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Andy Brickley on M&M: Bruins ‘should have put two points in their pockets’ vs. Maple Leafs

01.15.14 at 1:54 pm ET

NESN Bruins analyst Andy Brickley made his weekly appearance with Mut & Merloni on Wednesday, following the Bruins’€™ 4-3 loss to the Maple Leafs on Tuesday night. To hear the interview, go to the Mut & Merloni audio on demand page.

“€œI’€™m a little disappointed that the Bruins didn’t get the two points that they should have gotten last night,”€ Brickley said. “€œIt’€™s the only game at home that separates five games on the road against some tough teams. A game that should have put two points in their pockets.”

The penalty kill — or lack thereof — was blamed as a big reason for the loss.

“€œYou can’€™t just single out one aspect of your penalty killing that’€™s letting the Bruins down right now,” Brickley said. “€œI think it all starts with decision making, when you’€™re not making the right decision there’€™s a drag in your decision making, in other words you’€™re making it too late, a stride, a stride and a half too late.

“You’€™re playing against the top players on the other team, guys that make up the power plays, and your decision making is not there or there’€™s a drag, you’€™re going to give up quality scoring chances, and if you don’€™t get the saves you’€™re going to give up goals, and that’€™s where they’€™re at right now. This is not ebb and flow, this is a bad bad stretch of allowing far too many goals. You can win with a power play in the lower third of the National Hockey League, but you can’€™t win consistently when you’€™re only killing from the same place.”

One factor that appears to be hurting the penalty kill is the absence of Dennis Seidenberg, who tore his ACL and MCL on Dec. 27.

“€œThe loss of Seidenberg definitely affects your penalty killing, but a little more importantly it affects the makeup of your entire team,”€ Brickley said. “€œThat is the single most important issue that the Bruins are going to have to address right now. If you talk about, ‘How do the Bruins win more consistently?’ you say, well, you need more production from the [David] Krejci line. They carried the offense for the first 2 1/2, three months, but they’ve been quiet lately. They had unbelievable opportunities last night, didn’t finish. It was only the Bergeron line that was scoring goals, basically.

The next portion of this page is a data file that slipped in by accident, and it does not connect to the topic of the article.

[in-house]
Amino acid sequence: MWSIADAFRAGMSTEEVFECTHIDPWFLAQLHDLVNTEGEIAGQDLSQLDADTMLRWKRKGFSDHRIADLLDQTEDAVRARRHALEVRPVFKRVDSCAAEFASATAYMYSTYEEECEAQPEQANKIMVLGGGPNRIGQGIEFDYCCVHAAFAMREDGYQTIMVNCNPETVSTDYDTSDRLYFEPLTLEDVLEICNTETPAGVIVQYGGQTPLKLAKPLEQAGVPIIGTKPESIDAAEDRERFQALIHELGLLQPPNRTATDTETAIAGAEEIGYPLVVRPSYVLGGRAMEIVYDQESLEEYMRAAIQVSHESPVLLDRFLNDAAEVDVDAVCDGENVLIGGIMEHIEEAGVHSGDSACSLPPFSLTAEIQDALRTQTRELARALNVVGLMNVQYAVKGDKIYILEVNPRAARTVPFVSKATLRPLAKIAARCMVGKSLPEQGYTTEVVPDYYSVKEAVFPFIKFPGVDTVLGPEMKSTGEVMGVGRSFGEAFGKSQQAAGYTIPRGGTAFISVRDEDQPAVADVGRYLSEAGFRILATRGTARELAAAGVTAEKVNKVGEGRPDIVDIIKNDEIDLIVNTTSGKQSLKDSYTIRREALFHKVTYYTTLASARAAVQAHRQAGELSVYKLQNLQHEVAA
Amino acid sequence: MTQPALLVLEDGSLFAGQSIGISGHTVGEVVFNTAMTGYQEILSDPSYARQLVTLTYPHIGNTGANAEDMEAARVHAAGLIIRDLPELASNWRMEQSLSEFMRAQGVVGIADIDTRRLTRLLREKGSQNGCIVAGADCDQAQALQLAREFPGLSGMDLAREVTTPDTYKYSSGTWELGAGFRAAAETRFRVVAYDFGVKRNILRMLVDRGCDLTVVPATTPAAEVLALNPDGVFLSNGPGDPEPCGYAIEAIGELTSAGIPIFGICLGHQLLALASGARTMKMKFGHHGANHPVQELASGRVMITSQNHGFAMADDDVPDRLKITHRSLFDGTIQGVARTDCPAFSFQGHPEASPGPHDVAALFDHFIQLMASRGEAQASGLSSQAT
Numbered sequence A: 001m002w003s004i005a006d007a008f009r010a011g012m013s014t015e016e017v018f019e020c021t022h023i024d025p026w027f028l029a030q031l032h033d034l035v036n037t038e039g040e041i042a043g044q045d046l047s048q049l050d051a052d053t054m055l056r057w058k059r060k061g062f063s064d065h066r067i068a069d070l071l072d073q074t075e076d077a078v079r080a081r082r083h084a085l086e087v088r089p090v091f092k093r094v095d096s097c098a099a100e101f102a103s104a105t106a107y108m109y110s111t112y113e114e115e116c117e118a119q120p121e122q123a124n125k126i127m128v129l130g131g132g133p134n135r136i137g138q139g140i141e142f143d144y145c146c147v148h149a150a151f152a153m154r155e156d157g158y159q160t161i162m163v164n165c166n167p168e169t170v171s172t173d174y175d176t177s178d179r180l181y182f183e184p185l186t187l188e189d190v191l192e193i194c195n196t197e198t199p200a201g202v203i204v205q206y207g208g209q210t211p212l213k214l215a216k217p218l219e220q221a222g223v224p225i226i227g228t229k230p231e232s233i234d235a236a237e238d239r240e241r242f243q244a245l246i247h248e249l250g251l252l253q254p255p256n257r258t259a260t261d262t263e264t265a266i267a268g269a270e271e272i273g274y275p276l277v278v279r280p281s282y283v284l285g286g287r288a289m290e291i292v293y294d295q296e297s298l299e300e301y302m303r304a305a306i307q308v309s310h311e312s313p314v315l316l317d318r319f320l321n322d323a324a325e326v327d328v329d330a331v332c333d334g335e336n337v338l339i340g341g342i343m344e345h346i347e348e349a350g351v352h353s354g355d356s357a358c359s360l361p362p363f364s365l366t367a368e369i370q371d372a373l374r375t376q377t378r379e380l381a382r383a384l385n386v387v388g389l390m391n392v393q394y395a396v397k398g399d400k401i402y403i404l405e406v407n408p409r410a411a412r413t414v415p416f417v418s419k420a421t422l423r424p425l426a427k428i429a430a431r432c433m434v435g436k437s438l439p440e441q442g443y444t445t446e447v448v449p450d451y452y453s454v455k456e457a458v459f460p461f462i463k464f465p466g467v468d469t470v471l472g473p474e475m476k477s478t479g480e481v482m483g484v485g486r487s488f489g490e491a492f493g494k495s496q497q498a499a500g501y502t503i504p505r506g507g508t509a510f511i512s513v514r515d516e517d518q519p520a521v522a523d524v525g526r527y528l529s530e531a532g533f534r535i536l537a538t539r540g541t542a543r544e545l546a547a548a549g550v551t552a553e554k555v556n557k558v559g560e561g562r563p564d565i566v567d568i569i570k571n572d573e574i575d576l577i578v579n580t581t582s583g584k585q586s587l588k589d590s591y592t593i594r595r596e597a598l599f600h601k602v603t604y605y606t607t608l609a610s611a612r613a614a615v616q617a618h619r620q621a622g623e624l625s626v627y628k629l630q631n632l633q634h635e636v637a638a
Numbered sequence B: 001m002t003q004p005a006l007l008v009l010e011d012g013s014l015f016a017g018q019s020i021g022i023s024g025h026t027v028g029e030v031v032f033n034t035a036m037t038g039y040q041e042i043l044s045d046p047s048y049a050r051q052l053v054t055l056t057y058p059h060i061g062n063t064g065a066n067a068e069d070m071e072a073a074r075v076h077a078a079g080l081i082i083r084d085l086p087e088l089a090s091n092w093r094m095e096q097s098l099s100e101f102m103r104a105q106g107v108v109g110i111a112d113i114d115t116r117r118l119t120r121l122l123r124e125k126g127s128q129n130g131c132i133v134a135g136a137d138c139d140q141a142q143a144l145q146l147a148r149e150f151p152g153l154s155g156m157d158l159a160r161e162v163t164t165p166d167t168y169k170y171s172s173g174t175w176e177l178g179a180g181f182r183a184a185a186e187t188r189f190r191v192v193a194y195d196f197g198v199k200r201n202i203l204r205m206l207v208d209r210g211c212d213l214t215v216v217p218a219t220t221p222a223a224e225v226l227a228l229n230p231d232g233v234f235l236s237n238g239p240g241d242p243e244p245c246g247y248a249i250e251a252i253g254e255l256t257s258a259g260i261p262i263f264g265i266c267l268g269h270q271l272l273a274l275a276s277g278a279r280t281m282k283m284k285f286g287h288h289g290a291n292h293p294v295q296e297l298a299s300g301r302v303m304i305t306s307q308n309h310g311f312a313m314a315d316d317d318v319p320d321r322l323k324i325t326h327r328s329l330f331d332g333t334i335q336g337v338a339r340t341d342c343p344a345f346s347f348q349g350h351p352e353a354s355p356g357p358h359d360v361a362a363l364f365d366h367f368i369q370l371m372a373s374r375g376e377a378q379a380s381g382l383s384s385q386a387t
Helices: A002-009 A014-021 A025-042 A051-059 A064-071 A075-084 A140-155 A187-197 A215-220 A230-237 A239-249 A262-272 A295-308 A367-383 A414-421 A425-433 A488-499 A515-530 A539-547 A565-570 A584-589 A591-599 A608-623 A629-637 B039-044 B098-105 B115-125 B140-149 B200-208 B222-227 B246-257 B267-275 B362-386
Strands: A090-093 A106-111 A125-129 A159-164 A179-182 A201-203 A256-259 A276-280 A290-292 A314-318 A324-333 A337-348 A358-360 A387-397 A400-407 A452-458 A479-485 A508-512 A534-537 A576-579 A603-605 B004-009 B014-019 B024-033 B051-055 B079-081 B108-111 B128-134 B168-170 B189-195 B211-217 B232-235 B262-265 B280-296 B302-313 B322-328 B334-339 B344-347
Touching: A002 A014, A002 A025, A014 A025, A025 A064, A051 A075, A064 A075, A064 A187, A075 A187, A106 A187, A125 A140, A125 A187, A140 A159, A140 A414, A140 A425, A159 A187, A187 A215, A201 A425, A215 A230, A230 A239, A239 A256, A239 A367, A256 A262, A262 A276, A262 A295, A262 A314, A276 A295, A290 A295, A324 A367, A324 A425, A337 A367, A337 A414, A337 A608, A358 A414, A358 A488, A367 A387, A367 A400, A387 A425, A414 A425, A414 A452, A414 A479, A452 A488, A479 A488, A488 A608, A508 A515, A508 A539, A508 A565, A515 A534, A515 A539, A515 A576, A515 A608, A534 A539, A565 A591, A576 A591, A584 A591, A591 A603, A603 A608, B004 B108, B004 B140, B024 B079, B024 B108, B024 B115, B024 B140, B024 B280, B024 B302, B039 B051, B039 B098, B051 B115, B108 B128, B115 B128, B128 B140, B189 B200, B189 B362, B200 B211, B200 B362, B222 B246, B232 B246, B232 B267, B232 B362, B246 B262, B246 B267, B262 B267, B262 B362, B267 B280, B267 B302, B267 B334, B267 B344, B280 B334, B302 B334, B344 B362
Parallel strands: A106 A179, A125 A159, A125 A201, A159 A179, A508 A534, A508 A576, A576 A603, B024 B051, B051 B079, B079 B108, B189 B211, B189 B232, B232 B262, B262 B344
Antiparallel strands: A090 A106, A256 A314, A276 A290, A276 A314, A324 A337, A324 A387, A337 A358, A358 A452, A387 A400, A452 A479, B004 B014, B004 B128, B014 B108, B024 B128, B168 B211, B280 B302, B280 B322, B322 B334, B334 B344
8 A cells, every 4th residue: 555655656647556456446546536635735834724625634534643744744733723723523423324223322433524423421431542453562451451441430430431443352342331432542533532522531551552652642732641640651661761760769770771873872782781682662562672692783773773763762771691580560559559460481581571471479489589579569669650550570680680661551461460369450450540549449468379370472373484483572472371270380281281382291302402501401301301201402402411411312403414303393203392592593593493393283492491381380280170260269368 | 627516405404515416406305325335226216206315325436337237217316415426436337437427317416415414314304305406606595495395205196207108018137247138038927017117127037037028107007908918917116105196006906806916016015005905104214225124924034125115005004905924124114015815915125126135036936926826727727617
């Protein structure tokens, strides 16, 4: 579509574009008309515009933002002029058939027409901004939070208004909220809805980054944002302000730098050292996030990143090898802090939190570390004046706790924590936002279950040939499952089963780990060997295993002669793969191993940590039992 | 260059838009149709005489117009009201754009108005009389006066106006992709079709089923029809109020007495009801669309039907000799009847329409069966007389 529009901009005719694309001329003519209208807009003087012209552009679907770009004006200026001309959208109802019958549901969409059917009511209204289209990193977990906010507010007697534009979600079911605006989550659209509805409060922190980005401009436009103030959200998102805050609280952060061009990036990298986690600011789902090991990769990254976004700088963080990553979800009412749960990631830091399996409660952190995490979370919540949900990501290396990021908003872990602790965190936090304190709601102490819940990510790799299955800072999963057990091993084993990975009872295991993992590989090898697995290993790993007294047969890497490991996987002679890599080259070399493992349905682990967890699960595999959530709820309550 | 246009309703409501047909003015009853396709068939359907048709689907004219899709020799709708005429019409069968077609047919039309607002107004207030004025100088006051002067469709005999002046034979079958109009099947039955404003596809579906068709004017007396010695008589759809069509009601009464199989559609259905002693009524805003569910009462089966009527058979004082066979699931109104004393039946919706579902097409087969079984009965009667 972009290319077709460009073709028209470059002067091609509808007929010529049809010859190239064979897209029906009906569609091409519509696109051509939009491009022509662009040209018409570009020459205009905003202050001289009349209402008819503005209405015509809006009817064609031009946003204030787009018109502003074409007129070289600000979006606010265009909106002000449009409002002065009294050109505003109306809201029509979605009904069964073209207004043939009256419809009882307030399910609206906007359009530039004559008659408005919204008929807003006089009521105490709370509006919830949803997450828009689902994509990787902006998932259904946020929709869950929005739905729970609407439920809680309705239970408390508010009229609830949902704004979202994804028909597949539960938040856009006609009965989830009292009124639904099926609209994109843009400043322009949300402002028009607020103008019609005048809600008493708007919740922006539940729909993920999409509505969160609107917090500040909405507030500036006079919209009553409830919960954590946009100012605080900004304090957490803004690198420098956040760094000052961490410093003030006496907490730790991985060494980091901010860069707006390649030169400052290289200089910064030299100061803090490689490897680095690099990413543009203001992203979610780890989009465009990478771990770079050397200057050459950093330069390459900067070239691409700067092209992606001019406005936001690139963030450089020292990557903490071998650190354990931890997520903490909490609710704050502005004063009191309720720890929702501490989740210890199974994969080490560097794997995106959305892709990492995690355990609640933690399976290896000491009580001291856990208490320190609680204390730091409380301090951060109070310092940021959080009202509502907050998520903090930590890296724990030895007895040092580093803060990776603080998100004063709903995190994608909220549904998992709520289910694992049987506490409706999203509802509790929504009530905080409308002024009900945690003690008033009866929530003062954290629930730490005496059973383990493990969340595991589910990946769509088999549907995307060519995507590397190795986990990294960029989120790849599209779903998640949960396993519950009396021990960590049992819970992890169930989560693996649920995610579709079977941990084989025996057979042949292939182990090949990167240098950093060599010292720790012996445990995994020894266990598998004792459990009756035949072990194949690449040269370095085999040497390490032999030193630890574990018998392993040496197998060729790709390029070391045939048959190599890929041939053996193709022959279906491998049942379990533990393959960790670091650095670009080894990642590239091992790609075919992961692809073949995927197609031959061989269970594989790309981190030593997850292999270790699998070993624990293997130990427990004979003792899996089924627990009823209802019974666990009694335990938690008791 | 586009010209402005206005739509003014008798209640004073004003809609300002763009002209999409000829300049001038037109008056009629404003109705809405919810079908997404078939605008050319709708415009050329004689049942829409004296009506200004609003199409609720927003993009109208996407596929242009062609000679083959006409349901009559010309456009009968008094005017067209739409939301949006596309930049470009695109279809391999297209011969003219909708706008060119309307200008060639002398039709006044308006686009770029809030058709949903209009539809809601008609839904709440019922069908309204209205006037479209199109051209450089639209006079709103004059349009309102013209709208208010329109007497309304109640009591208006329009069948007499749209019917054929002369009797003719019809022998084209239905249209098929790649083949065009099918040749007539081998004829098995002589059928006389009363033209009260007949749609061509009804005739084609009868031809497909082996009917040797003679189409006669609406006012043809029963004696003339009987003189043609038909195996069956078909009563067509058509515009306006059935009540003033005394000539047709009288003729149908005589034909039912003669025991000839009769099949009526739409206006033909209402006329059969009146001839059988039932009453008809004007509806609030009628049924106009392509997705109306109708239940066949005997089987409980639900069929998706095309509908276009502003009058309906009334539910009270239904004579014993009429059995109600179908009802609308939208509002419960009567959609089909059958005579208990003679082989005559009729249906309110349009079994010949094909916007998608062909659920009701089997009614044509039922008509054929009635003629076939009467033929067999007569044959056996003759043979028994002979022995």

“They need to settle or figure out how they’€™re going to answer the loss of Seidenberg. When [Johnny] Boychuk is your number three, [Dougie] Hamilton, [Torey] Krug, [Adam] McQuaid make up your four, five six, [Matt] Bartkowski, [Kevan] Miller are your depth guys, now you’ve got a real good group. But you’ve lost a guy who’€™s playing 24-25 minutes who is an absolute horse back there, he’€™s physical, smart, experience, versatile, strong, well conditioned, understands his role, relishes his role. When you lose a guy like that, in the system that the Bruins play, as good as the other guys are, your team takes a big hit unless you can bring in a guy that’€™s not exactly like a Seidenberg, but someone that allows you to do some of the things he can do.”

Following are more highlights from the interview. For more Bruins news, visit the team page at

On the struggling power play: “Their power play needs to be far more effective, far more productive, far more consistent than it’€™s been. They’ve had the personnel. We’ve given them kudos all year long for how good their power play is relative to years past because of the different personal and the different mindset with [Zdeno] Chara in front of the net, with [Milan] Lucic there, that double-barrel action, when it’€™s working well, having two units with two different looks. They got some good looks, but there were other power plays at critical parts of the game where they got nothing.”

On Tuukka Rask‘€™s workload: “What is the optimum work load for a guy like Tuukka Rask. He’€™s not a guy that’€™s played 65 games in the National Hockey League, you’€™re a little unsure. So you try and make a best guess, maybe it’€™s 55, maybe it’€™s 60 games. The expectations are that he’€™s going to be the No. 1 goaltender for Team Finland, that means his workload is increased. He’€™s only 170 pounds, soaking wet, and what can he handle for a workload? And that begs the question does the Bruins have the confidence with their No. 2 goaltender, whether it’€™s Chad Johnson, maybe it’€™s Niklas Svedberg down the line, but are they comfortable playing them maybe more than they originally thought they were going to play their No. 2.

“Tuukka will tell you, he hasn’t been as sharp. There are pucks that have gone through him where he was making saves early in the year. From where I sit it’€™s more about how fresh and how sharp based on how much he’€™s playing.”

On Tyler Seguin‘€™s high scoring numbers: “€œThat doesn’t surprise me, in fact I expect those numbers each and every year throughout his career. What kind of player can he be? What kind of player will he be? Where is that maturation process and how far will it take him? Those were the unknowns when you deal a guy that young, that skilled, that talented, when you just don’€™t think he’€™s the character that you want with this group. You’€™re trying to win right now, it’€™s tough to make those deals.”

Read More: Boston Bruins, Dennis Seidenberg, Tuukka Rask, Tyler Seguin
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